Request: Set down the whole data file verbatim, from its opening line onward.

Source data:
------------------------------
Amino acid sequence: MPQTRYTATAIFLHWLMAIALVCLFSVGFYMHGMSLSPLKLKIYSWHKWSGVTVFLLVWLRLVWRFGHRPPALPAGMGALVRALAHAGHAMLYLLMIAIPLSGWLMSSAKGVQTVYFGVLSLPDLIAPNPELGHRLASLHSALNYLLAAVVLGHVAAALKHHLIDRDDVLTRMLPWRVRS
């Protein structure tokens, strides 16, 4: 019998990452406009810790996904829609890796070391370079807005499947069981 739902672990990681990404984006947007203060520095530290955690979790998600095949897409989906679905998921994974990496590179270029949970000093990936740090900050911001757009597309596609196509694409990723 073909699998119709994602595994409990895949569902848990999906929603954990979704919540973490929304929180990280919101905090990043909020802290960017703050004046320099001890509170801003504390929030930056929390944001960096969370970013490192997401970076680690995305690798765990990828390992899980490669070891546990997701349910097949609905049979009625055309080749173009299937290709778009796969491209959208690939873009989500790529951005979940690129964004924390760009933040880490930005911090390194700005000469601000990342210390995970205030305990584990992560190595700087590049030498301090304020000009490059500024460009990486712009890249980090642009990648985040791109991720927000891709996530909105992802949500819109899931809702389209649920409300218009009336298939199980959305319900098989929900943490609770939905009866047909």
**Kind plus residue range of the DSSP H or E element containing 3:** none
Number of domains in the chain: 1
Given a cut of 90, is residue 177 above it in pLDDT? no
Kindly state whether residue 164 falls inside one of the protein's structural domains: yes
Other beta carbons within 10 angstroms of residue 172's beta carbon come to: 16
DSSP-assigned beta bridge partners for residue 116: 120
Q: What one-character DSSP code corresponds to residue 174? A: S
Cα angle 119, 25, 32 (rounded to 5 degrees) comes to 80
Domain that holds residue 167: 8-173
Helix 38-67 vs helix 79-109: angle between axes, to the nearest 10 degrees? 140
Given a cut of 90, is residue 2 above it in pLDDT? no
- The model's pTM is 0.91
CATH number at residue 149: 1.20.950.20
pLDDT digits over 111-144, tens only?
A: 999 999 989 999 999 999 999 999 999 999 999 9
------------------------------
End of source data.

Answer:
Amino acid sequence: MPQTRYTATAIFLHWLMAIALVCLFSVGFYMHGMSLSPLKLKIYSWHKWSGVTVFLLVWLRLVWRFGHRPPALPAGMGALVRALAHAGHAMLYLLMIAIPLSGWLMSSAKGVQTVYFGVLSLPDLIAPNPELGHRLASLHSALNYLLAAVVLGHVAAALKHHLIDRDDVLTRMLPWRVRS
């Protein structure tokens, strides 16, 4: 019998990452406009810790996904829609890796070391370079807005499947069981 739902672990990681990404984006947007203060520095530290955690979790998600095949897409989906679905998921994974990496590179270029949970000093990936740090900050911001757009597309596609196509694409990723 073909699998119709994602595994409990895949569902848990999906929603954990979704919540973490929304929180990280919101905090990043909020802290960017703050004046320099001890509170801003504390929030930056929390944001960096969370970013490192997401970076680690995305690798765990990828390992899980490669070891546990997701349910097949609905049979009625055309080749173009299937290709778009796969491209959208690939873009989500790529951005979940690129964004924390760009933040880490930005911090390194700005000469601000990342210390995970205030305990584990992560190595700087590049030498301090304020000009490059500024460009990486712009890249980090642009990648985040791109991720927000891709996530909105992802949500819109899931809702389209649920409300218009009336298939199980959305319900098989929900943490609770939905009866047909």
**Kind plus residue range of the DSSP H or E element containing 3:** none
Number of domains in the chain: 1
Given a cut of 90, is residue 177 above it in pLDDT? no
Kindly state whether residue 164 falls inside one of the protein's structural domains: yes
Other beta carbons within 10 angstroms of residue 172's beta carbon come to: 16
DSSP-assigned beta bridge partners for residue 116: 120
Q: What one-character DSSP code corresponds to residue 174? A: S
Cα angle 119, 25, 32 (rounded to 5 degrees) comes to 80
Domain that holds residue 167: 8-173
Helix 38-67 vs helix 79-109: angle between axes, to the nearest 10 degrees? 140
Given a cut of 90, is residue 2 above it in pLDDT? no
- The model's pTM is 0.91
CATH number at residue 149: 1.20.950.20
pLDDT digits over 111-144, tens only?
A: 999 999 989 999 999 999 999 999 999 999 999 9